‘The gentleman basically had his own garden of marijuana plants. He commented about how good they were.’
— Dearborn police Lt. Mark Tobias
By J. PATRICK PEPPER
DEARBORN — The fence separating 631 N. Franklin from the south end of Levagood Park is unremarkable.
Like the miles of fence that demarcate property lines throughout the neighborhood, it’s 3 feet tall, chain-link and offers little in the way of privacy.
But police say even this obvious lack of cover didn’t prevent the homeowner, Darrell Behling, from allegedly growing 8-foot tall marijuana plants in his back yard – just a few hundred feet from Haigh Elementary School and in plain view of a Levagood playscape.
Dearborn narcotics officers executed a search warrant Sept. 15 on Behling’s house after receiving a tip from a jogger who spotted the plants while running through the park. For police, it wasn’t a tough bust to make.
“(The tipster) could see it from the park. Our officers went out there, confirmed what it was, and got the warrant,” said Lt. Mark Tobias.
Along with eight nearly mature plants, a small amount of cocaine and multiple guns were removed from the house. The guns were properly registered, Tobias said, but because they were in the proximity of the drugs they were subject to seizure.
Behling wasn’t expected to be arraigned until this week and was released because of medical issues, although police said he is not a medical marijuana patient.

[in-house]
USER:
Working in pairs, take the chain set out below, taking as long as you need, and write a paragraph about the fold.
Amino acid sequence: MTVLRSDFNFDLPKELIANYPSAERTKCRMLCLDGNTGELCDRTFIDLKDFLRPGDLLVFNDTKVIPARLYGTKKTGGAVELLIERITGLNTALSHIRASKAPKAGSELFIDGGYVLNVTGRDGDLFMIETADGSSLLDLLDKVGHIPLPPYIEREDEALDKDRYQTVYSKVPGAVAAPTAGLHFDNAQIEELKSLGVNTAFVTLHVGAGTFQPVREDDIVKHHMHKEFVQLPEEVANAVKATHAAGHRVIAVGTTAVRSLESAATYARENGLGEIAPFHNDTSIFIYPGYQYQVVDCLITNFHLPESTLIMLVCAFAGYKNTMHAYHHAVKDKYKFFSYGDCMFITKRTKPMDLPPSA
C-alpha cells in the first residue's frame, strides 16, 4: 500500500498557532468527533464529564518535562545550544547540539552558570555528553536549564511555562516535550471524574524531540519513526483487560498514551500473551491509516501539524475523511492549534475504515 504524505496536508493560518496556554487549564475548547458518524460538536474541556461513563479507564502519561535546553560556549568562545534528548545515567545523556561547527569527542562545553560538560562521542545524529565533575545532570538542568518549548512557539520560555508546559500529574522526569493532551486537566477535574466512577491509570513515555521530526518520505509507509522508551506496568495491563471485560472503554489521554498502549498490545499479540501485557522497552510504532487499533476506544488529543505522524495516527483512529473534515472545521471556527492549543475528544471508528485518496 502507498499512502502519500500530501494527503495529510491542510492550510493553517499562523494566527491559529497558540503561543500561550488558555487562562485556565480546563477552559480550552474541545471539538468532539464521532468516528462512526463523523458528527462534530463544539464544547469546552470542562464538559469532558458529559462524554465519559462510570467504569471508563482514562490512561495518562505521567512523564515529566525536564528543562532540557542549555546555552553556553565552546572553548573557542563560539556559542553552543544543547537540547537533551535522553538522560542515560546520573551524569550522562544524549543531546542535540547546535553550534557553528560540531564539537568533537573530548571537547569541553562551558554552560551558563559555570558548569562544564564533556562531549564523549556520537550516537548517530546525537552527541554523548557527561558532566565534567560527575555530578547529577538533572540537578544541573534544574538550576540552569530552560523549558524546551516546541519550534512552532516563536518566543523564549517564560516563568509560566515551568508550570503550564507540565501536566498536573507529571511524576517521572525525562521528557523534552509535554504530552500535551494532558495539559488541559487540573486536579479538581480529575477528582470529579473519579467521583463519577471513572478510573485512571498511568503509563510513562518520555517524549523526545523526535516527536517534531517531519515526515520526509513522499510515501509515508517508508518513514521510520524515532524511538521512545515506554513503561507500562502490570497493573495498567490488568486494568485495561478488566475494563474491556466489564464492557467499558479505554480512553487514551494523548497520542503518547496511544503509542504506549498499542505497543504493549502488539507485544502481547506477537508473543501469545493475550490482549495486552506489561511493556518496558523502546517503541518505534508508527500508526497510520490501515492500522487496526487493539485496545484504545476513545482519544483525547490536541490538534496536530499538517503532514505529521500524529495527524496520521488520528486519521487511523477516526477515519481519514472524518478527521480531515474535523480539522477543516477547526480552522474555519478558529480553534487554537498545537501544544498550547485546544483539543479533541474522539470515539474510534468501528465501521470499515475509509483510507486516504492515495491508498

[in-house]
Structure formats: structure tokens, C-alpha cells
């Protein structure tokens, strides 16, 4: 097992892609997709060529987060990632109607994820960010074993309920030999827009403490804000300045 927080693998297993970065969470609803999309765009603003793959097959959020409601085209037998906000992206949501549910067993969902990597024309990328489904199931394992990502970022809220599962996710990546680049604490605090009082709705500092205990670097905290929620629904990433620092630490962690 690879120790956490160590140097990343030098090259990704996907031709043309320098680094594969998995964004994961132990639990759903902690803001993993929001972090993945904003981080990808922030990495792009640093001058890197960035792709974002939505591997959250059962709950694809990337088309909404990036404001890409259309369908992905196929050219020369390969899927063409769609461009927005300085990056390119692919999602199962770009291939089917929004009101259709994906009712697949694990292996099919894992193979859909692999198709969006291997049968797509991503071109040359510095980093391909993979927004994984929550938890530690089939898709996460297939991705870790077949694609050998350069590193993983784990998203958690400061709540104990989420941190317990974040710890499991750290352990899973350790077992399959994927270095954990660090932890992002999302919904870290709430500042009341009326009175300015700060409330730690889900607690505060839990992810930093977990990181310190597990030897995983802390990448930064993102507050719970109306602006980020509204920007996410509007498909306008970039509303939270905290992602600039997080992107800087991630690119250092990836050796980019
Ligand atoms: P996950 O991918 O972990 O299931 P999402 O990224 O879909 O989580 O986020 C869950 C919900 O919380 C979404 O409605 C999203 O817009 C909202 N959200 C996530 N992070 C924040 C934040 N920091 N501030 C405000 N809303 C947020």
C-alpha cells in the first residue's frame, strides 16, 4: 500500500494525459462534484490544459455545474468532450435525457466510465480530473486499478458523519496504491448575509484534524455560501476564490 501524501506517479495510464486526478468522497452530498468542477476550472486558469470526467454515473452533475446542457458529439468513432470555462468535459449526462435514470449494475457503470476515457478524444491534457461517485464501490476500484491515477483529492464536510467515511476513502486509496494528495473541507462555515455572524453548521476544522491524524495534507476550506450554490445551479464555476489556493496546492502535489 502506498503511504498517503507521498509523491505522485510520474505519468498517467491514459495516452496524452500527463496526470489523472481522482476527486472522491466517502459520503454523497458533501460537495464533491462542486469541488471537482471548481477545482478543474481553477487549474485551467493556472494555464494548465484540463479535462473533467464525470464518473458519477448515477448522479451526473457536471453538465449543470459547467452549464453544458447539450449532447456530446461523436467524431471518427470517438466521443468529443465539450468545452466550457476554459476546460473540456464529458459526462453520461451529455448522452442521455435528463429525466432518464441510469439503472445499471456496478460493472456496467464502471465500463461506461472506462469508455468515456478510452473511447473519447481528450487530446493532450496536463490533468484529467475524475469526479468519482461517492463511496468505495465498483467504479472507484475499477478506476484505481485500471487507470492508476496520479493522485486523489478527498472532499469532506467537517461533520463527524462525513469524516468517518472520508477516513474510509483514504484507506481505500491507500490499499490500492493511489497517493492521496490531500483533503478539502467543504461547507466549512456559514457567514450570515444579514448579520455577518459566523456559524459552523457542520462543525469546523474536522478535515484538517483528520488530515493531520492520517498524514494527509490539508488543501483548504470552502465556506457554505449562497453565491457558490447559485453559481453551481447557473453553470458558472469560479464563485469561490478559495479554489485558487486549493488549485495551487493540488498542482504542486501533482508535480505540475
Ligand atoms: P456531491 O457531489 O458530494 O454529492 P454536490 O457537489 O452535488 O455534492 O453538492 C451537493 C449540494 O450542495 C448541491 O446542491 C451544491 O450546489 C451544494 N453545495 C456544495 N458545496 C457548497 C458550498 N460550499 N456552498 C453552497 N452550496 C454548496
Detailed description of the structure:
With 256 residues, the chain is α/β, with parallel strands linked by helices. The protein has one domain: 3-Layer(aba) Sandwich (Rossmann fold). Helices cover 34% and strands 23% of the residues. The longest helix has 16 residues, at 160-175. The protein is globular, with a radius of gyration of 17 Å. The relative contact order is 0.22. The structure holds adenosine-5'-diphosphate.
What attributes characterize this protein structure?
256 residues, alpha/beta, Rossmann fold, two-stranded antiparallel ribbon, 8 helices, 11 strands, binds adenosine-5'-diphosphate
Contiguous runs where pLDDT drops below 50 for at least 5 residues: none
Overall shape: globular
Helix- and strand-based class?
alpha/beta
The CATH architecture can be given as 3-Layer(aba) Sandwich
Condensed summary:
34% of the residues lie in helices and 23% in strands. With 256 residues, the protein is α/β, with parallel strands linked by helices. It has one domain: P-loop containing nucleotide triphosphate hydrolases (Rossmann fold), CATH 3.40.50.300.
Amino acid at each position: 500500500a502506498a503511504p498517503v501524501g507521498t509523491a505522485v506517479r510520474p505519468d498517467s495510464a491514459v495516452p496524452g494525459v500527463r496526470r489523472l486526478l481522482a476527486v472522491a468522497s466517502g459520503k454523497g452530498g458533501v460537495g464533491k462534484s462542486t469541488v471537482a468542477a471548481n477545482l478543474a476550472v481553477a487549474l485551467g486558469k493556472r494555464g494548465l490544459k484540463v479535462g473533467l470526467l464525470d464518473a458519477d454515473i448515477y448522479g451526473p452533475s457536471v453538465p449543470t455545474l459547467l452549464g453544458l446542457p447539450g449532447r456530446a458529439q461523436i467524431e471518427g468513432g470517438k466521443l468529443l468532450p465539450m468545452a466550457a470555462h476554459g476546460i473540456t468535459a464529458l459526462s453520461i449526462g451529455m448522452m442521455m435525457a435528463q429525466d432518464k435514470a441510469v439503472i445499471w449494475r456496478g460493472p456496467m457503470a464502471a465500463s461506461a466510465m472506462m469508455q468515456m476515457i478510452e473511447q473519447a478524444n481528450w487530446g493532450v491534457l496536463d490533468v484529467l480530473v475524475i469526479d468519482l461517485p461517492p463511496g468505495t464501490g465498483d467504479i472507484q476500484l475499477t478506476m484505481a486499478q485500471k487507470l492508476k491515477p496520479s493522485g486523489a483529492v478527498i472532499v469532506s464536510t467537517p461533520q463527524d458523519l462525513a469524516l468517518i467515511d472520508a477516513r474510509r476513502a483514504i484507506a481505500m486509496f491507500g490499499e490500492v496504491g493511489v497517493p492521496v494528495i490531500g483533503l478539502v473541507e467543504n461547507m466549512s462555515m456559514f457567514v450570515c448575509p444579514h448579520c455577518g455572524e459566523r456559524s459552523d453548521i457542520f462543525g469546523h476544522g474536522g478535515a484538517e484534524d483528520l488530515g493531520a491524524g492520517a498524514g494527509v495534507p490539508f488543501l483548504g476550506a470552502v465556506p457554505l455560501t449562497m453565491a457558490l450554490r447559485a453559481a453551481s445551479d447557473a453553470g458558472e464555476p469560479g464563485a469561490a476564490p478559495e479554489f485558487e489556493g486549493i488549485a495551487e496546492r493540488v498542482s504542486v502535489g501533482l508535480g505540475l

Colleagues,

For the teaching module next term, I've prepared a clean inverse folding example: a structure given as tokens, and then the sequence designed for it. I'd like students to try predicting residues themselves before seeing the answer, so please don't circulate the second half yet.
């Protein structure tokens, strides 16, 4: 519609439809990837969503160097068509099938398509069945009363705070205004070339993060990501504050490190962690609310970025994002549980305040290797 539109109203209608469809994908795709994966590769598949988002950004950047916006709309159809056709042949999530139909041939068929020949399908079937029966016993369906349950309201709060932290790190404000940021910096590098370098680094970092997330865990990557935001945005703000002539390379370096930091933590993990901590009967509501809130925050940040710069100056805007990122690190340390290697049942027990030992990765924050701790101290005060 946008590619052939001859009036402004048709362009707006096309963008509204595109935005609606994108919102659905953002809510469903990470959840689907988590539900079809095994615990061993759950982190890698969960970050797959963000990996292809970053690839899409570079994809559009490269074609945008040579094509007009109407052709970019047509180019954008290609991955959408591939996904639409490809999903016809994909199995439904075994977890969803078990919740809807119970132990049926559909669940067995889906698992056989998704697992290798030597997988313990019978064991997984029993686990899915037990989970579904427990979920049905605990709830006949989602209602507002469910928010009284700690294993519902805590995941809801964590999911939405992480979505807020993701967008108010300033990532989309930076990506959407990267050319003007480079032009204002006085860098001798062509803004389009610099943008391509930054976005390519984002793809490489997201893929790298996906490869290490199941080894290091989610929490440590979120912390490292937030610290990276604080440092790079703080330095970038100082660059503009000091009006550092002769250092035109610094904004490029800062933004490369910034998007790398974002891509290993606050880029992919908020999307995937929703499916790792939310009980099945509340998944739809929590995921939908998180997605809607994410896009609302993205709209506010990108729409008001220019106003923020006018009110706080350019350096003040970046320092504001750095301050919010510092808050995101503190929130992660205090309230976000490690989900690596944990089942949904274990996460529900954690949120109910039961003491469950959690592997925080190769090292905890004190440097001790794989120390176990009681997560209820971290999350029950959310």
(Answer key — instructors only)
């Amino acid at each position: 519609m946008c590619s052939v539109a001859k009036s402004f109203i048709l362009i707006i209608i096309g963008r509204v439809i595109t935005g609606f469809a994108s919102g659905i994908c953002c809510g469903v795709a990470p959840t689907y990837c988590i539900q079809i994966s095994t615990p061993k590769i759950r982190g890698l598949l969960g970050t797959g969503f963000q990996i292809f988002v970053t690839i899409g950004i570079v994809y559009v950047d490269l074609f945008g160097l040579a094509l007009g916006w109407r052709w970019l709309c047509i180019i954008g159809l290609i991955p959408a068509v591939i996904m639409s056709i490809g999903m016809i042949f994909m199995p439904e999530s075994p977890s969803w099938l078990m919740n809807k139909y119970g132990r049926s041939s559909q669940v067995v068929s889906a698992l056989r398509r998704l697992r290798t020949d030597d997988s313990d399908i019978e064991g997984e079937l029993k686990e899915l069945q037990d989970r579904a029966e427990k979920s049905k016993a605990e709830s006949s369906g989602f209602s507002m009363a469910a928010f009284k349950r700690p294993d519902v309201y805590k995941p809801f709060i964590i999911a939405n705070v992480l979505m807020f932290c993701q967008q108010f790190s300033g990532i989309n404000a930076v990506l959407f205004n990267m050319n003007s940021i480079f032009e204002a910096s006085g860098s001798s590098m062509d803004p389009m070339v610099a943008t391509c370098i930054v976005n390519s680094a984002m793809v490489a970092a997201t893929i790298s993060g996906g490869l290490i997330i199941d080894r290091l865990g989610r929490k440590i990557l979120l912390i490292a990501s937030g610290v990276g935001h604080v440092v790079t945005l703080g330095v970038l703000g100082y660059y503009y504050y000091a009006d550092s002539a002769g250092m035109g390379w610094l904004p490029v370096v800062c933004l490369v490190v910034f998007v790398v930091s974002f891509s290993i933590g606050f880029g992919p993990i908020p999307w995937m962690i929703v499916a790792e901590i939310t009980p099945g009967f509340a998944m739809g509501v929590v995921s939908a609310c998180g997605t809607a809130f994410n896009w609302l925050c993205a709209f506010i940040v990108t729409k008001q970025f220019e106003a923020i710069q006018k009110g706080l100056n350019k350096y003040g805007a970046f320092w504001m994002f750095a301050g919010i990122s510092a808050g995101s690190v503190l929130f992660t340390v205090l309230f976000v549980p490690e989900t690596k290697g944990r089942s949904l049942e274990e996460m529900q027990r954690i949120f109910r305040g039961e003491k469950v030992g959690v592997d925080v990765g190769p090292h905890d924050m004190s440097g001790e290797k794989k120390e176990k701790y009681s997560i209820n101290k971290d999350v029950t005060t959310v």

Police haven’t yet determined how much the marijuana would have sold for or if it was intended for distribution, but it was apparent the plants were well-kept.
“The gentleman basically had his own garden of marijuana plants. It was very well tended to,” Tobias said. “He took very much pride in it. He commented about how good they were.”
But if pride does come before the fall, Behling could be headed for a dizzying descent. Police said they have requested that prosecutors charge him under drug-free school zone laws, which impose stiffer fines and penalties for drug-related offenses within 1,000 feet of a school.
Behling did not answer the door at his house Thursday and did not return a telephone message seeking comment for this story. But one neighbor offered some support for the man he described as “friendly and nice.”
“I hope they don’t take him to prison or take his house,” said the neighbor who did not want to be identified because of the sensitive nature of the situation. “He never hurt anybody and he was always helpful to other neighbors.
“I just feel bad.”